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Jenny Jaffe has a lot going on: She’s writing for Disney’s upcoming Big Hero 6: The Series, developing comedy projects with pals at Devastator Press, and she’s straddling the line between S&M and OCD as the creator and star of the sexyish new series Neurotica, which has just made its debut on IFC’s Comedy Crib. Jenny gave us some extremely intimate insight into what makes Neurotica (safely) sizzle…

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IFC: How would you describe Neurotica to a fancy network executive you met in an elevator?

Jenny: Neurotica is about a plucky Dominatrix with OCD trying to save her small-town dungeon.

IFC: How would you describe Neurotica to a drunk friend of a friend you met in a bar?

Jenny: Neurotica is about a plucky Dominatrix with OCD trying to save her small-town dungeon. You’re great. We should get coffee sometime. I’m not just saying that. I know other people just say that sometimes but I really feel like we’re going to be friends, you know? Here, what’s your number, I’ll call you so you can have my number!

IFC: What’s your comedy origin story?

Jenny: Since I was a kid I’ve dealt with severe OCD and anxiety. Comedy has always been one of the ways I’ve dealt with that. I honestly just want to help make people feel happy for a few minutes at a time.

IFC: What was the genesis of Neurotica?

Jenny: I’m pretty sure it was a title-first situation. I was coming up with ideas to pitch to a production company a million years ago (this isn’t hyperbole; I am VERY old) and just wrote down “Neurotica”; then it just sort of appeared fully formed. “Neurotica? Oh it’s an over-the-top romantic comedy about a Dominatrix with OCD, of course.” And that just happened to hit the buttons of everything I’m fascinated by.

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IFC: How would you describe Ivy?

Jenny: Ivy is everything I love in a comedy character – she’s tenacious, she’s confident, she’s sweet, she’s a big wonderful weirdo.

IFC: How would Ivy’s clientele describe her?

Jenny:  Open-minded, caring, excellent aim.

IFC: Why don’t more small towns have local dungeons?

Jenny: How do you know they don’t?

IFC: What are the pros and cons of joining a chain mega dungeon?

Jenny: You can use any of their locations but you’ll always forget you have a membership and in a year you’ll be like “jeez why won’t they let me just cancel?”

IFC: Mouths are gross! Why is that?

Jenny: If you had never seen a mouth before and I was like “it’s a wet flesh cave with sharp parts that lives in your face”, it would sound like Cronenberg-ian body horror. All body parts are horrifying. I’m kind of rooting for the singularity, I’d feel way better if I was just a consciousness in a cloud.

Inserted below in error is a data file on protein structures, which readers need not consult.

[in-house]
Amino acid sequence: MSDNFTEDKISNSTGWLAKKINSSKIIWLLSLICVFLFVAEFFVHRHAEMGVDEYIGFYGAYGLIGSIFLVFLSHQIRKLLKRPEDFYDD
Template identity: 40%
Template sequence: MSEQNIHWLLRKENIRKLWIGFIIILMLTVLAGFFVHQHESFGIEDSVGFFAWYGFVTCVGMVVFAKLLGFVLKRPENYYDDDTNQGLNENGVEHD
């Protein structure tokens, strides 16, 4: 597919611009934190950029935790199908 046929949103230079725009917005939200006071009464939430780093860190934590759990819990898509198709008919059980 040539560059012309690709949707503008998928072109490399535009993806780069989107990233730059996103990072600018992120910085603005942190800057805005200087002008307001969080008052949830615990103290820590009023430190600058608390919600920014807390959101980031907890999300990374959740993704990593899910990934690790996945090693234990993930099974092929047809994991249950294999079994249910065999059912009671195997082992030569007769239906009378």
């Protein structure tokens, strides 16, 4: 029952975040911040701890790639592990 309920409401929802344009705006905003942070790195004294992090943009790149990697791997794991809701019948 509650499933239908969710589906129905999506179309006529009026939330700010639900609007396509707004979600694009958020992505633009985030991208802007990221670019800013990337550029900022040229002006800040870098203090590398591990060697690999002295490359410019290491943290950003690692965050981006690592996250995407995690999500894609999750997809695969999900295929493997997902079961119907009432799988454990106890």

See the whole season of Neurotica right now on IFC’s Comedy Crib.

The-Craft

The ’90s Are Back

The '90s live again during IFC's weekend marathon.

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Photo Credit: Everett Digital, Columbia Pictures

We know what you’re thinking: “Why on Earth would anyone want to reanimate the decade that gave us Haddaway, Los Del Rio, and Smash Mouth, not to mention Crystal Pepsi?”

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Thoughts like those are normal. After all, we tend to remember lasting psychological trauma more vividly than fleeting joy. But if you dig deep, you’ll rediscover that the ’90s gave us so much to fondly revisit. Consider the four pillars of true ’90s culture.

Boy Bands

We all pretended to hate them, but watch us come alive at a karaoke bar when “I Want It That Way” comes on. Arguably more influential than Brit Pop and Grunge put together, because hello – Justin Timberlake. He’s a legitimate cultural gem.

Man-Child Movies

Adam Sandler is just behind The Simpsons in terms of his influence on humor. Somehow his man-child schtick didn’t get old until the aughts, and his success in that arena ushered in a wave of other man-child movies from fellow ’90s comedians. RIP Chris Farley (and WTF Rob Schneider).

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Teen Angst

In horror, dramas, comedies, and everything in between: Troubled teens! Getting into trouble! Who couldn’t relate to their First World problems, plaid flannels, and lose grasp of the internet?

Mainstream Nihilism

From the Coen Bros to Fincher to Tarantino, filmmakers on the verge of explosive popularity seemed interested in one thing: mind f*cking their audiences by putting characters in situations (and plot lines) beyond anyone’s control.

Feeling better about that walk down memory lane? Good. Enjoy the revival.

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And revisit some important ’90s classics all this weekend during IFC’s ’90s Marathon. Check out the full schedule here.